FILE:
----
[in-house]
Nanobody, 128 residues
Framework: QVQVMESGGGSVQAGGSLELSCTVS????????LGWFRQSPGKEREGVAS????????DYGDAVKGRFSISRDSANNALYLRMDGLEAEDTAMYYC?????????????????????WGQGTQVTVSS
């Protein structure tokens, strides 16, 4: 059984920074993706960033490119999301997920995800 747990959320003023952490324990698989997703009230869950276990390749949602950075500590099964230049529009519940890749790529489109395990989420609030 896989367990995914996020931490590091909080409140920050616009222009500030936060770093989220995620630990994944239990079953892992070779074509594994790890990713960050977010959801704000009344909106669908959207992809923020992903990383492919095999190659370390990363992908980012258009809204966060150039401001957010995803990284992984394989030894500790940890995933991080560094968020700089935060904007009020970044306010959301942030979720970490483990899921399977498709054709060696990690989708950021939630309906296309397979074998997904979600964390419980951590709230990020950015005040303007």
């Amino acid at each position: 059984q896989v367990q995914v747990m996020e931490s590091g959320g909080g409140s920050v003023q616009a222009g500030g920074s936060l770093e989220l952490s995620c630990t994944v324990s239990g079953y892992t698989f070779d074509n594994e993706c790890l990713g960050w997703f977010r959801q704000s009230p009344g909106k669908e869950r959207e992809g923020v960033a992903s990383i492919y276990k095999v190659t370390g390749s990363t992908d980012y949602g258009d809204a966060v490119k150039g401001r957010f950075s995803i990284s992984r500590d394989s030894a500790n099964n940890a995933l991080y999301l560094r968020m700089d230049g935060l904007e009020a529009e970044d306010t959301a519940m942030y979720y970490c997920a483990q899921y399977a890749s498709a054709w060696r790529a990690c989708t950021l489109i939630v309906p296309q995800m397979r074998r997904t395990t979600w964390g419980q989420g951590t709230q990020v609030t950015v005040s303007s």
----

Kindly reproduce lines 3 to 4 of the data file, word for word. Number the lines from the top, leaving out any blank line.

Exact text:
Framework: QVQVMESGGGSVQAGGSLELSCTVS????????LGWFRQSPGKEREGVAS????????DYGDAVKGRFSISRDSANNALYLRMDGLEAEDTAMYYC?????????????????????WGQGTQVTVSS
């Protein structure tokens, strides 16, 4: 059984920074993706960033490119999301997920995800 747990959320003023952490324990698989997703009230869950276990390749949602950075500590099964230049529009519940890749790529489109395990989420609030 896989367990995914996020931490590091909080409140920050616009222009500030936060770093989220995620630990994944239990079953892992070779074509594994790890990713960050977010959801704000009344909106669908959207992809923020992903990383492919095999190659370390990363992908980012258009809204966060150039401001957010995803990284992984394989030894500790940890995933991080560094968020700089935060904007009020970044306010959301942030979720970490483990899921399977498709054709060696990690989708950021939630309906296309397979074998997904979600964390419980951590709230990020950015005040303007």